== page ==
Wednesday, April 27, 2022

Jackson County Animal Shelter Story

 Jackson County Animal Shelter Story

Interviewers: Lunette Fleming with Myke Reeser

Interviewee: Kim Casey, Program Manager for Jackson County Animal Shelter

Date: December 3, 2020

          A conscientious plan for evacuation was always in place at the shelter with drills and education for receiving animals. However, the threat of a fire within the facility, and the need for removal of animals in the shelter was not in place. 

          At about noon on September 8th, a call went out that the fire was approaching the facility. At 12:10 the electricity went out in the building, and Field Officer, Andy Swanson, concluded that they in fact had to evacuate all animals to the Expo in Medford. With limited vehicles, volunteers were transporting crated dogs and cats in their own cars and trucks. There were 36 cats and 56 dogs in crates. Five or six animals in quarantine had to stay at the facility. 

          To add to this dilemma, Highway 99 heading north was heavily congested. There were several contributing factors: Fire was engulfing Interstate 5 on both sides beginning at exit 19 (south of Talent); traffic was evacuating from Talent, causing great congestion. The wait to get away from the fire was intense.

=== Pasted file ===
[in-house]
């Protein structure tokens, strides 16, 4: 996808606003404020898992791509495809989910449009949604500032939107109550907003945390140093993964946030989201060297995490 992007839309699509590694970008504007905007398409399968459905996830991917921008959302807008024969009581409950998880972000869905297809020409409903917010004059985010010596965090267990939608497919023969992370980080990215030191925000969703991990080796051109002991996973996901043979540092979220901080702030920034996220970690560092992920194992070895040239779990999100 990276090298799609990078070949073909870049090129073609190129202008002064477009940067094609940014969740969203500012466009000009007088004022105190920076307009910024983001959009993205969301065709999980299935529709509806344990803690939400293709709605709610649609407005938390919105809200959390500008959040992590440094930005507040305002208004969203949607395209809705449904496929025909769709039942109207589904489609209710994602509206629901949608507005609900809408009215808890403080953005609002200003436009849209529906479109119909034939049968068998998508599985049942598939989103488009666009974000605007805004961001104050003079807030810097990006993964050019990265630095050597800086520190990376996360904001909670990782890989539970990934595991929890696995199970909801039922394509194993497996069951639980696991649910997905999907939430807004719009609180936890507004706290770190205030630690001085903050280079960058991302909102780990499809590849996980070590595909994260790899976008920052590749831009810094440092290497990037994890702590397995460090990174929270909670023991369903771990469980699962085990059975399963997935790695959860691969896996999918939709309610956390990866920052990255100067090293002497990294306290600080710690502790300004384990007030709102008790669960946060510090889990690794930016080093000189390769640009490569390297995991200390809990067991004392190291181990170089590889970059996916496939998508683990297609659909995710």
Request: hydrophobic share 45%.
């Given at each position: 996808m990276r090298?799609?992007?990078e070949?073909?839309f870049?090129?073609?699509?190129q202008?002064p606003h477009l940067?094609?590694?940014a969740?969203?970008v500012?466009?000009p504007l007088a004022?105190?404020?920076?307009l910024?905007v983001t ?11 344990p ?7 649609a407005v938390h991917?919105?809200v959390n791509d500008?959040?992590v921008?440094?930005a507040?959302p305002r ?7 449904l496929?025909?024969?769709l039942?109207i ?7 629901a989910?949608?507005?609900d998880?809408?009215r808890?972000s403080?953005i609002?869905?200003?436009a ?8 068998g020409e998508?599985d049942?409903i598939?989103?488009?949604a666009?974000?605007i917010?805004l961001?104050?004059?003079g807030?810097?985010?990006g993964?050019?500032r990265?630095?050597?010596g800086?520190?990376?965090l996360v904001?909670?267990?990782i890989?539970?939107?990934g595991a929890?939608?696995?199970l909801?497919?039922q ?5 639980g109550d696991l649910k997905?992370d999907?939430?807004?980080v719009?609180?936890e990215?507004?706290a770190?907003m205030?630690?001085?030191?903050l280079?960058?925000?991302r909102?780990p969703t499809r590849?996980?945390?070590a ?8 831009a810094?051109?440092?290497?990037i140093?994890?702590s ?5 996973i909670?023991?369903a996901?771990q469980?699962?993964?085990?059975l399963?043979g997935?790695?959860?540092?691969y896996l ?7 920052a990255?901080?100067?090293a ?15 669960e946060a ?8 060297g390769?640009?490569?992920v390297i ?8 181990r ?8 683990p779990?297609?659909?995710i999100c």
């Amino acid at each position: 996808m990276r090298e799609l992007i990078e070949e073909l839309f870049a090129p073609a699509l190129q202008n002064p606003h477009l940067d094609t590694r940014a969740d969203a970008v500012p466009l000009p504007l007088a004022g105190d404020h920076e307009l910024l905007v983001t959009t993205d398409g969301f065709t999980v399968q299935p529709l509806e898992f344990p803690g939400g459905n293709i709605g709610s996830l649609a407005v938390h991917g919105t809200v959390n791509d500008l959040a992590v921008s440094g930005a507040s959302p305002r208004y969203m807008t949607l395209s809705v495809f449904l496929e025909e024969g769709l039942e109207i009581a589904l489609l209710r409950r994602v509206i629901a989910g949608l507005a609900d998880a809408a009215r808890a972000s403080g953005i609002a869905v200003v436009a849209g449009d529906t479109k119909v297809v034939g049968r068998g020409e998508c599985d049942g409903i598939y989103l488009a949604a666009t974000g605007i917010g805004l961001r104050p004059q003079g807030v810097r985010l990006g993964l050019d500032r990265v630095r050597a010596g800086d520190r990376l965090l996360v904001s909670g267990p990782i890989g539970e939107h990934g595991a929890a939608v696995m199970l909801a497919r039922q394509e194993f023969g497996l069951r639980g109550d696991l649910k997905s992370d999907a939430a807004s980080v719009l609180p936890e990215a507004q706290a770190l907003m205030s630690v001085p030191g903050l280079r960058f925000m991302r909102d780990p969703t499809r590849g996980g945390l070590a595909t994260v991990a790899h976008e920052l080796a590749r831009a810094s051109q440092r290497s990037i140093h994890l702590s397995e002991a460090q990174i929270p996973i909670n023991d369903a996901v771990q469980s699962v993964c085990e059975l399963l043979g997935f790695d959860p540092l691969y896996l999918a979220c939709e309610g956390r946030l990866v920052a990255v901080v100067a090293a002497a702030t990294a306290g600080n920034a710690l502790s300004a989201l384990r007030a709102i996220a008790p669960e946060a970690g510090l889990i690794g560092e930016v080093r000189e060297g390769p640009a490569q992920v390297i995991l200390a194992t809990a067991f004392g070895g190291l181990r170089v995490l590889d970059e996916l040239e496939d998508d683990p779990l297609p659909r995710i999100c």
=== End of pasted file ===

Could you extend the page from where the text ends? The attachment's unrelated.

A single line of fire advancing northward was the biggest threat to the shelter—it was heading toward, and possibly surrounding, the shelter area. The maintenance man, Tim, at the shelter had thankfully turned off the gas. Field Officer, Andy Swanson, actually stayed at the facility from 8 pm until about 3 am the next morning, using the hose at the building to keep the roof, trees and the building structure safe from the flames. 

          At the Expo, along with humans, the outdoor arena was used for animals. Kim Casey, the shelter’s program manager, stayed at the Expo for nine days. In addition to the animals in the shelter, other pets and livestock were evacuated to the Expo. There were rabbits, birds, goats, chickens, llamas, pigs, and cows. There were also rodeo animals: bucking horses, 36 cutting horses, and 3 unidentified horses. Twenty-eight thousand pounds of animal food was consumed at the Expo from September 8th through the 21st. The animal rescue was a remarkable event made successful by amazingly devoted people working together. 

           In the aftermath of the fire and rescue, two vans were donated to the Jackson County Animal shelter for use in future emergencies.

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